Case # 4: Palpitations

A 25 year old woman presents with palpitations, sweating, and shortness of breath since this morning. 6 days ago she had syncopized, was shocked out of V-tach by EMS, and eventually had a defibrillator placed for an unknown arrhythmia. Now, she feels her heart beating in her chest, looks diaphoretic, is tachypnic, but her pulse is 58 and regular.

I looked on the monitor and she was beating away at about 60 bpm and it looked normal sinus rhythm. An EKG showed this:


I opened the Paucis Verbis card about Brugada by Michelle Lin on Academic Life in EM on my iPad and saw this:

I called the electrophysiologist, and I sent the EKG to his phone. I told him that I thought she had Brugada syndrome, and he told me it was something close, but not quite – because in V2 the J-point is not > 2mm. The patient would be fine because she already had the AICD placed. Some ativan, reassurance, and encouragment to call her insurance company to inquire about her outpatient mental health benefits fixed the problem. You’d be anxious too if you literally died earlier that week.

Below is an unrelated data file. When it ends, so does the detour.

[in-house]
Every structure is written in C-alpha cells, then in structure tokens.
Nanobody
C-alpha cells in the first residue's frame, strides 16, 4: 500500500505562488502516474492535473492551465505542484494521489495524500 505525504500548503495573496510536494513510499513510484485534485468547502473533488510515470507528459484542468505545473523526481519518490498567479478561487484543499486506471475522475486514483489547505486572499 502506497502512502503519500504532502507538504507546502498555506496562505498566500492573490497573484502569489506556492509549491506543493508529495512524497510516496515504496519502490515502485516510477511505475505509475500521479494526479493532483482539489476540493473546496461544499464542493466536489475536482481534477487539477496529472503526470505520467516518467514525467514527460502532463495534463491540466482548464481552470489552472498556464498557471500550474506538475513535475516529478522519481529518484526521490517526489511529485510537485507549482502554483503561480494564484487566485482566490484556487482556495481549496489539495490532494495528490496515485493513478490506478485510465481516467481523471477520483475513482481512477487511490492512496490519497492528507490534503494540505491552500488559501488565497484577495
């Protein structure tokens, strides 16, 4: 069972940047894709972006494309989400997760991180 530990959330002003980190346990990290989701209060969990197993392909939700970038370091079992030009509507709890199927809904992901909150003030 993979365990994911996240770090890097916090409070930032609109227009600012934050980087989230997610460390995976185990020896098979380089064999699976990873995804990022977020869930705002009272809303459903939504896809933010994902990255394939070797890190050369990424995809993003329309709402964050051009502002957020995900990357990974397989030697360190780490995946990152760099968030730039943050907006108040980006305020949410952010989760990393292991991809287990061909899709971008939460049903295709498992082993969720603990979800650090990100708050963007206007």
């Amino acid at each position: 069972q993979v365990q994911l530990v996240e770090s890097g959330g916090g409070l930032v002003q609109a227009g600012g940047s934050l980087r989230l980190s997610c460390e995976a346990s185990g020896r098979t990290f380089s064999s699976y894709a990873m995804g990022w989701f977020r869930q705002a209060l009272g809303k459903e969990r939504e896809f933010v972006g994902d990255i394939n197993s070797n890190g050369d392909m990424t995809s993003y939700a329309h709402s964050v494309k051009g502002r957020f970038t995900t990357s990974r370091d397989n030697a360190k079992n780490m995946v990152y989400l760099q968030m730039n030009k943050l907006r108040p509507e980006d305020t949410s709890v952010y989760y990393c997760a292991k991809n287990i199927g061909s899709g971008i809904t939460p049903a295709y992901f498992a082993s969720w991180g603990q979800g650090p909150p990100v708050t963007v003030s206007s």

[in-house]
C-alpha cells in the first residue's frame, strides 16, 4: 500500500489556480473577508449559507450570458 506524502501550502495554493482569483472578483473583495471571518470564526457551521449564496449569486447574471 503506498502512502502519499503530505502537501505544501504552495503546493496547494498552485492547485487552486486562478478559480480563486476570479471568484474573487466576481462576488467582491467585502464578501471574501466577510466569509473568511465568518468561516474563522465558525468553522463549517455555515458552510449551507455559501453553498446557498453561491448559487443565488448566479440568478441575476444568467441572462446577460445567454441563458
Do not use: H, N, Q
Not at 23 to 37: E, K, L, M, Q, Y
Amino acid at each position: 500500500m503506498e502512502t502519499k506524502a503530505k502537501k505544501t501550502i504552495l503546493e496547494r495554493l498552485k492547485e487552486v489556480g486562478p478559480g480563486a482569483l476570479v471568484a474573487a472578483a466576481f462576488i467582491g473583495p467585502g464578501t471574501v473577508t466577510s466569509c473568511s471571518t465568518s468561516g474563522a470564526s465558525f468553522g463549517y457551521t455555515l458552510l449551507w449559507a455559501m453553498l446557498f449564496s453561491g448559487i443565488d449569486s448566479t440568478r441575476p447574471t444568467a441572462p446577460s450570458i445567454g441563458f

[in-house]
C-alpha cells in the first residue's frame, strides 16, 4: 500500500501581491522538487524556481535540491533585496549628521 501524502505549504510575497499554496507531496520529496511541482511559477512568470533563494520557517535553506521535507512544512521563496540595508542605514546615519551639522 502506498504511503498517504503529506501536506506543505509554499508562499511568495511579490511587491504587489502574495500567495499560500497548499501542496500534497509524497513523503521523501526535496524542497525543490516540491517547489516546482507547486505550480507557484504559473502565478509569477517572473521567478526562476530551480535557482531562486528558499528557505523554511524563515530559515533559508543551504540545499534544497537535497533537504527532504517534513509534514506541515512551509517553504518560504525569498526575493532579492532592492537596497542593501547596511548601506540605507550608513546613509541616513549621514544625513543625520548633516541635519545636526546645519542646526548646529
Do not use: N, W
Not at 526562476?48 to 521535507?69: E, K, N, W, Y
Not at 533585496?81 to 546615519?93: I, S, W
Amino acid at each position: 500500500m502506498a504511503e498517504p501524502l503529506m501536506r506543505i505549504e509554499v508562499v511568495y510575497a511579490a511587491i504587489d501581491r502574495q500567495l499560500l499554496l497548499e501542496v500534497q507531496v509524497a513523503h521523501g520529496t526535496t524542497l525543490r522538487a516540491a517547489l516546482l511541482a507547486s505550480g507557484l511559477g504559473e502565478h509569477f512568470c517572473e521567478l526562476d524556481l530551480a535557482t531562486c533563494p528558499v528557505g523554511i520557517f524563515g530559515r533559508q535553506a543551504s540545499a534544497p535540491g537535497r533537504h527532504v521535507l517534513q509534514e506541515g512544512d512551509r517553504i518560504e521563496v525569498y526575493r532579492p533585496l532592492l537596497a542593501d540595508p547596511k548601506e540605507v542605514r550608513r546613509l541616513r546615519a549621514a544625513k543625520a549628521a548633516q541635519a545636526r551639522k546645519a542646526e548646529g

I went home after the shift and opened Dr. Smith’s EKG Blog, searched Brugada and learned that the pattern could be unmasked by common occurances like fever, cocaine, propofol, and lidocaine. “Get this patient some Tylenol. We need to break his fever, STAT” I imagined myself saying next time I had a saddle-back with fever.

Brugada has a high incidence of sudden cardiac death. Although this was not a true Brugada, this patient who had an EKG that sure looked a lot like Brugada had suffered from sudden cardiac death. I’ll leave the specific rules of diagnosing Brugada to the cardiologists – the saddleback is my can’t miss diagnosis.

Timothy Peck, MD
ALiEM Blog Contributor
Emergency Medicine resident
Beth Israel Deaconess Medical Center
Founder, iClickEM
Co-Founder, Parzival
Timothy Peck, MD

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